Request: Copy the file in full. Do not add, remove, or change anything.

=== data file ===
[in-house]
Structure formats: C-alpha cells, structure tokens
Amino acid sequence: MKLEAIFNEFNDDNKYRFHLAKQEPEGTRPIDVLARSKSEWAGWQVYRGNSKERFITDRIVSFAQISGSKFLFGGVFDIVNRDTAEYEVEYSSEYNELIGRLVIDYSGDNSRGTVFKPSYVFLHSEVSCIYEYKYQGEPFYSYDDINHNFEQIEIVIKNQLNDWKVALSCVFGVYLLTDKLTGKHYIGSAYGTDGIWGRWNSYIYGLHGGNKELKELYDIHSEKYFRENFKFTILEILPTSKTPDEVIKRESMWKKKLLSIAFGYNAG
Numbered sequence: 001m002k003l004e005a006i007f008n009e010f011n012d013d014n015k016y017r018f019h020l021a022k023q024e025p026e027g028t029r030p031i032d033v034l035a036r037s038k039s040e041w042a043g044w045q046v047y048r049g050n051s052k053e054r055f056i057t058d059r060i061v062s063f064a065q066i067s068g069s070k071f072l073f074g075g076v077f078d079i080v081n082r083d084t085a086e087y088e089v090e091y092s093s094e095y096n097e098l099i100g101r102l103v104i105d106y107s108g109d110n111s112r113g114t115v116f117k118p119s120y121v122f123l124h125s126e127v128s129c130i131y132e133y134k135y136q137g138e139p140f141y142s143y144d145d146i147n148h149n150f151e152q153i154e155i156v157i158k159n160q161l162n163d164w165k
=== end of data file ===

[in-house]
Structure formats: C-alpha cells, structure tokens
Amino acid sequence: MKLEAIFNEFNDDNKYRFHLAKQEPEGTRPIDVLARSKSEWAGWQVYRGNSKERFITDRIVSFAQISGSKFLFGGVFDIVNRDTAEYEVEYSSEYNELIGRLVIDYSGDNSRGTVFKPSYVFLHSEVSCIYEYKYQGEPFYSYDDINHNFEQIEIVIKNQLNDWKVALSCVFGVYLLTDKLTGKHYIGSAYGTDGIWGRWNSYIYGLHGGNKELKELYDIHSEKYFRENFKFTILEILPTSKTPDEVIKRESMWKKKLLSIAFGYNAG
Numbered sequence: 001m002k003l004e005a006i007f008n009e010f011n012d013d014n015k016y017r018f019h020l021a022k023q024e025p026e027g028t029r030p031i032d033v034l035a036r037s038k039s040e041w042a043g044w045q046v047y048r049g050n051s052k053e054r055f056i057t058d059r060i061v062s063f064a065q066i067s068g069s070k071f072l073f074g075g076v077f078d079i080v081n082r083d084t085a086e087y088e089v090e091y092s093s094e095y096n097e098l099i100g101r102l103v104i105d106y107s108g109d110n111s112r113g114t115v116f117k118p119s120y121v122f123l124h125s126e127v128s129c130i131y132e133y134k135y136q137g138e139p140f141y142s143y144d145d146i147n148h149n150f151e152q153i154e155i156v157i158k159n160q161l162n163d164w165k